Call for Papers: “Philosophy and the Sacred in Antiquity”


Dear colleagues,

“Philosophy. Journal of the Higher School of Economics” welcomes submissions for the issue “Philosophy and the Sacred in Antiquity” (to be published in March 2019).

 The idea of the issue was suggested by P. Hadot’s paper (1979) “Les divisions des parties de la philosophie dans l'Antiquité”, where he singles out three types of the philosophical divisions in Antiquity. One of them is the Eleusinian type, within which philosophical ascension is seen as a sort of religious initiation. This division, particularly popular in Platonism, has attracted a lot of scholarly attention both from the historians of religion and from the historians of philosophy.

 Still, the historians of religion turn to be more interested in the literal level of the metaphor, for it allows to specify our ideas about the religion of the Greeks, whereas Platonic scholars are more focused on the figurative level, i.e. in what lies “behind” the metaphor. However, the metaphor is not only an embellishment or a parable: to a great extent, it constructs our conception of the philosophical reality. In this regard, the very fact of auto-definition of philosophy in religious terms presents an independent historical and philosophical interest.

 This question inevitably leads us to a more general question of the relation between the philosophical and the religious discourses in antiquity. The difference between the two is not reducible to the difference between the "rational" and the "irrational". Philosophers (at least, ancient philosophers) reflect on things divine either arguing with traditional views on what is fitting for god or re-interpreting them using complex hermeneutic procedures.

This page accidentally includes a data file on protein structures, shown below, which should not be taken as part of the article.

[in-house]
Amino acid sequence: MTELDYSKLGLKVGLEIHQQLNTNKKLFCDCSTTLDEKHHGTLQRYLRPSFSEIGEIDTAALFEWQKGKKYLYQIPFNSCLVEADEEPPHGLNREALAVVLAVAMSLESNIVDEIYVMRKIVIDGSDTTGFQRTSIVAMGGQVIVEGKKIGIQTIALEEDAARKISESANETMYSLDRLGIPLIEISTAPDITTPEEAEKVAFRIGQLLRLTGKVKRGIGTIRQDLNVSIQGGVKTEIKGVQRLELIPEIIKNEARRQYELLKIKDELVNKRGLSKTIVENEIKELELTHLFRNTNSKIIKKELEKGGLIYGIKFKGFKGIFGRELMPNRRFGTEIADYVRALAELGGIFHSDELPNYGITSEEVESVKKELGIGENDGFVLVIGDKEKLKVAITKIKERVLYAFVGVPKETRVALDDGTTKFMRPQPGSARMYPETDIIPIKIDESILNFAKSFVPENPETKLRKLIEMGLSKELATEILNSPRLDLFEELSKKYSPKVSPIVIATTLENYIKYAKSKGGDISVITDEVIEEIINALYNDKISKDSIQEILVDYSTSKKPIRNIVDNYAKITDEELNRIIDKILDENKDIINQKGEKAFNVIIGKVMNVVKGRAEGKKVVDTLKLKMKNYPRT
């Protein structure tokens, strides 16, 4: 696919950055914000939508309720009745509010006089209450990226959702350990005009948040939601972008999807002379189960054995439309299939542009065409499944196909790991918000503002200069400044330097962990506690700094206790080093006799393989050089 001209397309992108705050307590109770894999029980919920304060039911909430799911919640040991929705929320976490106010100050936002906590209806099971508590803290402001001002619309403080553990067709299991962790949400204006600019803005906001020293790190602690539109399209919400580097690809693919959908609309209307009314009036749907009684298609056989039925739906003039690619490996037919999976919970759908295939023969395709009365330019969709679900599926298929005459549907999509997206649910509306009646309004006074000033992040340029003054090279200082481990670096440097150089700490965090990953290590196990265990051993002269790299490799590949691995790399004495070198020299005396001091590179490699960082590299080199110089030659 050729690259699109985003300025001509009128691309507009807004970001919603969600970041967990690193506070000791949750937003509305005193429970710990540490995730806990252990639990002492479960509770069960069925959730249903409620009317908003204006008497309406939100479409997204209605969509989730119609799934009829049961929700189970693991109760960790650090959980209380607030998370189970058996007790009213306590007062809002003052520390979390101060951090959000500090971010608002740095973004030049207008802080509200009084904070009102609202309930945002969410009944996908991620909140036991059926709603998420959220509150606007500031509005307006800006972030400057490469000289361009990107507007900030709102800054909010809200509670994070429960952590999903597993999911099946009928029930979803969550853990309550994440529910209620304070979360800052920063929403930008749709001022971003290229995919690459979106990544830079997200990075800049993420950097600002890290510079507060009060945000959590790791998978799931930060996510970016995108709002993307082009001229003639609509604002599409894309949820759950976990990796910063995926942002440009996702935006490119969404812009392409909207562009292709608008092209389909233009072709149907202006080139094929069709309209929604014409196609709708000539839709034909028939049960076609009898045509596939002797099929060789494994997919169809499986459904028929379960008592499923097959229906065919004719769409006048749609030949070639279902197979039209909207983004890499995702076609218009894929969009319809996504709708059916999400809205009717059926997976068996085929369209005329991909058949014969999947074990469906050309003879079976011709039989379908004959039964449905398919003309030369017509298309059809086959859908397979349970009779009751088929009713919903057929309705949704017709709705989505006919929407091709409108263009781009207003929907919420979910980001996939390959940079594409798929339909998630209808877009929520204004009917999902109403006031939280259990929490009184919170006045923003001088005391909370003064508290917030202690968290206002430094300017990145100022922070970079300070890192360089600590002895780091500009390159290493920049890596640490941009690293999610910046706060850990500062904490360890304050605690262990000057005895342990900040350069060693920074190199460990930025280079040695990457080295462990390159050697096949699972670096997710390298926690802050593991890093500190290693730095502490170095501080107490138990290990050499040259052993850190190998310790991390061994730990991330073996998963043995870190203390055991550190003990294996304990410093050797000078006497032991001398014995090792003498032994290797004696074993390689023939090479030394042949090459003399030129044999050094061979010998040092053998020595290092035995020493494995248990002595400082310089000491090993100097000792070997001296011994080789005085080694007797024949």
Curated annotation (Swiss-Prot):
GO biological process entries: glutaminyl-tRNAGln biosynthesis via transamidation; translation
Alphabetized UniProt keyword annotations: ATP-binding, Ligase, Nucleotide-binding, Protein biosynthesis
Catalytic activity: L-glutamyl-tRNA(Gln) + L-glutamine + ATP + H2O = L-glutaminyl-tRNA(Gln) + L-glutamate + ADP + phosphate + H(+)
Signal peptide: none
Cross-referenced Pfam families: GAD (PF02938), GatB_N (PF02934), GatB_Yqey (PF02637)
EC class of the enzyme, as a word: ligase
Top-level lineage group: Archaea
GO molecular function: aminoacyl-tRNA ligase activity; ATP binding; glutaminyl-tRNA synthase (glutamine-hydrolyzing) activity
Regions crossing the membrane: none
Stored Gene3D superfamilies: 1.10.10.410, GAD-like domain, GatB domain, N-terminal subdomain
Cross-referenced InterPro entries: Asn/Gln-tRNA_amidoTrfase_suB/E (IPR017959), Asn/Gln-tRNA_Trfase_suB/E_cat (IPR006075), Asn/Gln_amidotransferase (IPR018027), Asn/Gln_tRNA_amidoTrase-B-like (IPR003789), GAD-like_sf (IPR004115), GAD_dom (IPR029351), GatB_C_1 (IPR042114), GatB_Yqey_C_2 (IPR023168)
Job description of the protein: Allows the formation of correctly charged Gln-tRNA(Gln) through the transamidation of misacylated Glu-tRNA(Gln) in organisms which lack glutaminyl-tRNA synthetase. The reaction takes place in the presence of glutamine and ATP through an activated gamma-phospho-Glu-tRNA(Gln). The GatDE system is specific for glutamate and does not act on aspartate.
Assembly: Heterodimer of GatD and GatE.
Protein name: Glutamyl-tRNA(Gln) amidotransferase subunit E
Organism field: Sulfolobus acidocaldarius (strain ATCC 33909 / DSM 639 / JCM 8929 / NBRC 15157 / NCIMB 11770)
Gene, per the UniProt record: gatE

On the other hand, early Christianity naturally embraces philosophy not only as a specific set of theoretical propositions or methods but also as a way of life oriented towards the true and aimed at the assimilation with God.

We welcome submissions from various fields of research: philology, history of philosophy, patristics, religious studies, history of medicine etc. which cover authors and sources ranging from the 5th cent. BC till 6th cent. AD.

 Articles for this issue should be submitted no later than September the 15th 2018.

 All articles undergo a double-blind peer review procedure. According to the open access policy of the Journal, they will be available online right after the publication.

 So far, we can only publish papers in Russian and in English but are ready to consider translation into Russian for papers submitted in French, Spanish, Italian, German, or Latin

 Instructions for authors can be consulted here:

 With all questions, please address the editor of the issue, Olga Alieva: